Gordon Sly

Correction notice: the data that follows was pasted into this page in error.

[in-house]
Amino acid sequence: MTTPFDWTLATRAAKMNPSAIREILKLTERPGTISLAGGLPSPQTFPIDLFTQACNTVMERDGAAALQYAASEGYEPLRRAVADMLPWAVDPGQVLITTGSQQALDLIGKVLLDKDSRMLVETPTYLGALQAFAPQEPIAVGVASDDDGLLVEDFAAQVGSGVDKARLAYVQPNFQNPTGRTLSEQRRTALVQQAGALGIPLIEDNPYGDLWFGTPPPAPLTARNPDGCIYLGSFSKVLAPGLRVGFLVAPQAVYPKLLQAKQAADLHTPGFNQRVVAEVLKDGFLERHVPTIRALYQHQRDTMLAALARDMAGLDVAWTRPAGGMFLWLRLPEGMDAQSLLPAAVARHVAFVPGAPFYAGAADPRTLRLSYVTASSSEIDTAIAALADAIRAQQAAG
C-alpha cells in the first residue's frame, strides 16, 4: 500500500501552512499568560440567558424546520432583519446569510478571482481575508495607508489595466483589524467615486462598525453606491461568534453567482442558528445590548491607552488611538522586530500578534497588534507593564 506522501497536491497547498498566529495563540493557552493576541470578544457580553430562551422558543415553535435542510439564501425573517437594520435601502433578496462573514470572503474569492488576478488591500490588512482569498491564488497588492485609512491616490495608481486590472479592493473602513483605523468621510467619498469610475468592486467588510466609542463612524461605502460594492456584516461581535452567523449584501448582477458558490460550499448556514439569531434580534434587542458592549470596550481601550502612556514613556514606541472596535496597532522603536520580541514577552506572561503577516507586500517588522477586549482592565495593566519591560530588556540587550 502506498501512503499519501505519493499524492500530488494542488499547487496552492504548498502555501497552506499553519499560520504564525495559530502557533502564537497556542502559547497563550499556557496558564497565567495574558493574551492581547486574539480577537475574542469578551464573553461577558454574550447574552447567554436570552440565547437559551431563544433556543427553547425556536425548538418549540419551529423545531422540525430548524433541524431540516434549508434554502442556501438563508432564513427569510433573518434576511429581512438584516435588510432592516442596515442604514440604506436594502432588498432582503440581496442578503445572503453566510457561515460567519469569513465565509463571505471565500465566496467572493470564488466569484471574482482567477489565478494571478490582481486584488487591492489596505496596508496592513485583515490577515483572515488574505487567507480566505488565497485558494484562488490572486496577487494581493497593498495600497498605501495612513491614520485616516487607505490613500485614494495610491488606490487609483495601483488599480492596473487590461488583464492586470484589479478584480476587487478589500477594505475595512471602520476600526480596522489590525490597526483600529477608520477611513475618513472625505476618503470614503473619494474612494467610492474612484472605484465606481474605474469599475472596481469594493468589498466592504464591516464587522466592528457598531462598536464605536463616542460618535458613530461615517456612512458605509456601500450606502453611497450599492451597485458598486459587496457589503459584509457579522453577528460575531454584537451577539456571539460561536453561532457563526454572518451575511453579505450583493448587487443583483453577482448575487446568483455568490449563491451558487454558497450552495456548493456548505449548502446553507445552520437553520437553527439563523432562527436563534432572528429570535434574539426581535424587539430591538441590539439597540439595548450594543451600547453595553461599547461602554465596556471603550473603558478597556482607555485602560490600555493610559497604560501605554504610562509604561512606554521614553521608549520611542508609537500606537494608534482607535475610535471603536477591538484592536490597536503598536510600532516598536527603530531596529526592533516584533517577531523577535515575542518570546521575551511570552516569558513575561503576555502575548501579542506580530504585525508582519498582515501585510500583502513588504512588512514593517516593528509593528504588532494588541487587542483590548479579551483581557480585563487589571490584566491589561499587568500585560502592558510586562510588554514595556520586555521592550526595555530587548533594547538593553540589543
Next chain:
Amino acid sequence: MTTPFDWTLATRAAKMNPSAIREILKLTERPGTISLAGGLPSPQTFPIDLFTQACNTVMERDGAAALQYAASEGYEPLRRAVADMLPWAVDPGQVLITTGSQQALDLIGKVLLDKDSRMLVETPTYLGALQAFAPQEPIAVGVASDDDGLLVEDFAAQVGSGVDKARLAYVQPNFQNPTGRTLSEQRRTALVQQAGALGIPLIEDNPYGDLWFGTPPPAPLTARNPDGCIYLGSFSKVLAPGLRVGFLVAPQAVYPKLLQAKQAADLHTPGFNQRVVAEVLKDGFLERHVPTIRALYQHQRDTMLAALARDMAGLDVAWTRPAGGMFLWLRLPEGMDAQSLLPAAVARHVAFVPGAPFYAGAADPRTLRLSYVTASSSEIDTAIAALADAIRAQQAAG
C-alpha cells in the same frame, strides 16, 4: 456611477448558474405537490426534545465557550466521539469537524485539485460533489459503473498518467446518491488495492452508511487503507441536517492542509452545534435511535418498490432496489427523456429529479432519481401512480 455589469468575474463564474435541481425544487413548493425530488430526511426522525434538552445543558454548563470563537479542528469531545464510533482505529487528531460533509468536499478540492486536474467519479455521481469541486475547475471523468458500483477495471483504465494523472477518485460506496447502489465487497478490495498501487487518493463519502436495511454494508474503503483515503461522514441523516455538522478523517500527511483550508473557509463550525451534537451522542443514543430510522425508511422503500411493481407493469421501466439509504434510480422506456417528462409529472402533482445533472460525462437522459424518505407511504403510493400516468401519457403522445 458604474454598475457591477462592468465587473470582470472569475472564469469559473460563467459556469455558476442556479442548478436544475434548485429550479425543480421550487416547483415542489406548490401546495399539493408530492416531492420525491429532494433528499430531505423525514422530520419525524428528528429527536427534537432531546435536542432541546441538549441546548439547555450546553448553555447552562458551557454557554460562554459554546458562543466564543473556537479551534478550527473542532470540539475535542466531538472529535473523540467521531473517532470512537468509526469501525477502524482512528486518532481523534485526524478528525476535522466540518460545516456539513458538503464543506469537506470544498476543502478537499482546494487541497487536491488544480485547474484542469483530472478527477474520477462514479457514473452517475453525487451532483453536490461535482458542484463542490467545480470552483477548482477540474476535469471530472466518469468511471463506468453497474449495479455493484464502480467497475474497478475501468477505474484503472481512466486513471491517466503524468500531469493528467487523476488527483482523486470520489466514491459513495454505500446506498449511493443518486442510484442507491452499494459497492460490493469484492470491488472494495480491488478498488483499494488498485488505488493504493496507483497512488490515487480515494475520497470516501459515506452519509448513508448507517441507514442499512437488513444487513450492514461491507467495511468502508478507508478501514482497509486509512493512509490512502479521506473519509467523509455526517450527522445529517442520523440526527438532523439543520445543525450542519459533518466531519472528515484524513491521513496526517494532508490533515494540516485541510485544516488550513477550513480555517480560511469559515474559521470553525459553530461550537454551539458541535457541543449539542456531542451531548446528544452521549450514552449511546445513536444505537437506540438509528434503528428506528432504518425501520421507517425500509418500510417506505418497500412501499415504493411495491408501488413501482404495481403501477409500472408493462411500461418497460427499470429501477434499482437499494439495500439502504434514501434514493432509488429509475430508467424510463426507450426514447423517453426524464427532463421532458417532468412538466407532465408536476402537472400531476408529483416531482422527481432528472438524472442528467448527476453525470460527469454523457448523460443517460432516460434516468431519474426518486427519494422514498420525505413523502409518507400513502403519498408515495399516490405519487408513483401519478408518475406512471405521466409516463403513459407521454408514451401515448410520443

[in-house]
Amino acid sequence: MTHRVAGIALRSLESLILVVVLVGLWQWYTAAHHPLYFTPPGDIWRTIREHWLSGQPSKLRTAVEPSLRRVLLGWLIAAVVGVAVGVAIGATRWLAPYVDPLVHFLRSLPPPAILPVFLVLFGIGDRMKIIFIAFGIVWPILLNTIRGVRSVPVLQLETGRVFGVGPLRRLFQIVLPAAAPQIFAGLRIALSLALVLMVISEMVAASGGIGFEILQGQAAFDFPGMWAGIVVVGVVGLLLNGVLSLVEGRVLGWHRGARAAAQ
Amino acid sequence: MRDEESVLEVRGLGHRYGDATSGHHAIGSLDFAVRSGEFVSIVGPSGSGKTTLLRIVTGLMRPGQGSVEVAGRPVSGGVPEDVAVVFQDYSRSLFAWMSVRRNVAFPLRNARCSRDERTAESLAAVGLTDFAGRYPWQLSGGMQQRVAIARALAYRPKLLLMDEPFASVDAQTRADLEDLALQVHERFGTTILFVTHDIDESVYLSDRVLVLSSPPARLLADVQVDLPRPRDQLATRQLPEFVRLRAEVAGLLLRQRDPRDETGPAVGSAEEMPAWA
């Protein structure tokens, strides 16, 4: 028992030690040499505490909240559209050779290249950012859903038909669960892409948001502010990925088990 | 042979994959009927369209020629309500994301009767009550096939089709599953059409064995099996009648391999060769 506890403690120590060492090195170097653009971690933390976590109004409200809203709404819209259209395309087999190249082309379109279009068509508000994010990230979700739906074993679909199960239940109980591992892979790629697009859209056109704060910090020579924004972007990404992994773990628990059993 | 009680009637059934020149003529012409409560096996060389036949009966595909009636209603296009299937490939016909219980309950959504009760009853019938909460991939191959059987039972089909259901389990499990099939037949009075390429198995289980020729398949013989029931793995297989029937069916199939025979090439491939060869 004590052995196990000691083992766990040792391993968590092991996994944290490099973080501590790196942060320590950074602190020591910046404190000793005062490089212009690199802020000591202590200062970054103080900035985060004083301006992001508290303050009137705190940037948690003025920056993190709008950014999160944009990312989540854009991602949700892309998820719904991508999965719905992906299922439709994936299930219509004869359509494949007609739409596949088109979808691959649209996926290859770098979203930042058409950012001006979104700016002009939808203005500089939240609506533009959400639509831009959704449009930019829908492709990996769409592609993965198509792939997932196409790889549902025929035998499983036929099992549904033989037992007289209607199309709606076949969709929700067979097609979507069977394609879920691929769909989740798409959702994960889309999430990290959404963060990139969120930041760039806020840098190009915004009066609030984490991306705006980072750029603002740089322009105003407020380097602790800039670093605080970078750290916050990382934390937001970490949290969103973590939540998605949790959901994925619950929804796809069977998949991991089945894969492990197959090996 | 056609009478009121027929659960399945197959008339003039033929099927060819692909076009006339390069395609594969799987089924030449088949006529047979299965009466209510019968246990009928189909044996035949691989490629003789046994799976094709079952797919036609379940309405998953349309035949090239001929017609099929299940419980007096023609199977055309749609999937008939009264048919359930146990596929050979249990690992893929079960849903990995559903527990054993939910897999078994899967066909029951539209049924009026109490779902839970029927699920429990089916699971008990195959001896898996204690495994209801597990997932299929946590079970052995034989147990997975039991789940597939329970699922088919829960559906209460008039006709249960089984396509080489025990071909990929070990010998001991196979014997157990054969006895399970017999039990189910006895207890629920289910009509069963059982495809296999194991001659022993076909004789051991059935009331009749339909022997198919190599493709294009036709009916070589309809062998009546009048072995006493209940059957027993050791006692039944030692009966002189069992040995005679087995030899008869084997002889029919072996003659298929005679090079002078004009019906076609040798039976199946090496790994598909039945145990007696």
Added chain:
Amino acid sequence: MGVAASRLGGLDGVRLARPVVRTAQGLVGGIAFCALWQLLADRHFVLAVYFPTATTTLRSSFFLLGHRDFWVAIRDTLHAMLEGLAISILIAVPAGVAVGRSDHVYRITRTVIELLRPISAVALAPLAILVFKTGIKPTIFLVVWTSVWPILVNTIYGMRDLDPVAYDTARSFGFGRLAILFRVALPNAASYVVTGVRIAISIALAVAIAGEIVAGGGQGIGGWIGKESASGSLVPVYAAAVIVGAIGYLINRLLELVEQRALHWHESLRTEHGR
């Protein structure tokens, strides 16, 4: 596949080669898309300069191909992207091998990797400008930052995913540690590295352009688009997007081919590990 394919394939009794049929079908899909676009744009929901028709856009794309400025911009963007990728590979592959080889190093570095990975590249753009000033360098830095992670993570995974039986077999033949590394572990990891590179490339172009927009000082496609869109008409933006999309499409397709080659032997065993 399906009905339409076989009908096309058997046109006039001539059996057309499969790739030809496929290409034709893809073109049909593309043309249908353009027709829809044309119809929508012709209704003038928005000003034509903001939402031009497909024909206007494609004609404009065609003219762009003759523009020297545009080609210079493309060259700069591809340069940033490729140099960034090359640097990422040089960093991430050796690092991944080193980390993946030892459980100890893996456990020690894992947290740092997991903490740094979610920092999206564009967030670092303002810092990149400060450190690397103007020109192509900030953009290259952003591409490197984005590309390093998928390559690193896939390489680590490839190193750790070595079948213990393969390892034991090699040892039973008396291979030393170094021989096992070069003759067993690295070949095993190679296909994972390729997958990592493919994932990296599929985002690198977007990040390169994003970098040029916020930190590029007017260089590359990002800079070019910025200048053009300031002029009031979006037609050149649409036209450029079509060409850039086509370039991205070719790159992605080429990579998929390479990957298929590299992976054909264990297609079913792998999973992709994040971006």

One of the basic assumptions that underlies the undergraduate theory curricula of most colleges and universities is that instruction in counterpoint, harmony, and form will prepare students to do analysis. In some respects, this assumption is valid: a student who understands how passing tones and suspensions work will stand on more solid ground in a Schenkerian analysis course than one who does not. But for the sort of analysis whose goals are less clearly prescribed - when we ask students to make an argument about a work's striking qualities, its particularly beautiful or eccentric events, about what gives it its special character - here, I would maintain, this assumption is misplaced: the typical Freshman-Sophomore sequence proves largely inadequate as a preparation for analysis.